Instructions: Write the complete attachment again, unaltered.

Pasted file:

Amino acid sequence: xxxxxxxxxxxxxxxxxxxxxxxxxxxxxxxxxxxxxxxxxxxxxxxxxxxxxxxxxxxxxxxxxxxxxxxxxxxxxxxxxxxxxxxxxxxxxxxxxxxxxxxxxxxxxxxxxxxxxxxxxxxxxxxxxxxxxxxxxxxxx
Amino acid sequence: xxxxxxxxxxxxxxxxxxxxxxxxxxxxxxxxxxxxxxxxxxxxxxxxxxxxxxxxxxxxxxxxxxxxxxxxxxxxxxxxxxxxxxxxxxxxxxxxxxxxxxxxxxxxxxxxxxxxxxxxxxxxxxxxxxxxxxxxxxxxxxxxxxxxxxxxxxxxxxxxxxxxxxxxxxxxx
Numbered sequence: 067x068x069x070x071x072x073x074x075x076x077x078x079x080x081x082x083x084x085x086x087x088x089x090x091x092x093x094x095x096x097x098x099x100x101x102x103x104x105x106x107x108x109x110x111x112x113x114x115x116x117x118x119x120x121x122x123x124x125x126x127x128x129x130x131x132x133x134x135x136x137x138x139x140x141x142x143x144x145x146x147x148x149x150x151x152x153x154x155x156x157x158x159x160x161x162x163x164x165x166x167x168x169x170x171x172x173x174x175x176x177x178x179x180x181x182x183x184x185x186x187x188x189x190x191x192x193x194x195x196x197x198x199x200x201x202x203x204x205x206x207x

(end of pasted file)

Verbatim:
Amino acid sequence: xxxxxxxxxxxxxxxxxxxxxxxxxxxxxxxxxxxxxxxxxxxxxxxxxxxxxxxxxxxxxxxxxxxxxxxxxxxxxxxxxxxxxxxxxxxxxxxxxxxxxxxxxxxxxxxxxxxxxxxxxxxxxxxxxxxxxxxxxxxxx
Amino acid sequence: xxxxxxxxxxxxxxxxxxxxxxxxxxxxxxxxxxxxxxxxxxxxxxxxxxxxxxxxxxxxxxxxxxxxxxxxxxxxxxxxxxxxxxxxxxxxxxxxxxxxxxxxxxxxxxxxxxxxxxxxxxxxxxxxxxxxxxxxxxxxxxxxxxxxxxxxxxxxxxxxxxxxxxxxxxxxx
Numbered sequence: 067x068x069x070x071x072x073x074x075x076x077x078x079x080x081x082x083x084x085x086x087x088x089x090x091x092x093x094x095x096x097x098x099x100x101x102x103x104x105x106x107x108x109x110x111x112x113x114x115x116x117x118x119x120x121x122x123x124x125x126x127x128x129x130x131x132x133x134x135x136x137x138x139x140x141x142x143x144x145x146x147x148x149x150x151x152x153x154x155x156x157x158x159x160x161x162x163x164x165x166x167x168x169x170x171x172x173x174x175x176x177x178x179x180x181x182x183x184x185x186x187x188x189x190x191x192x193x194x195x196x197x198x199x200x201x202x203x204x205x206x207x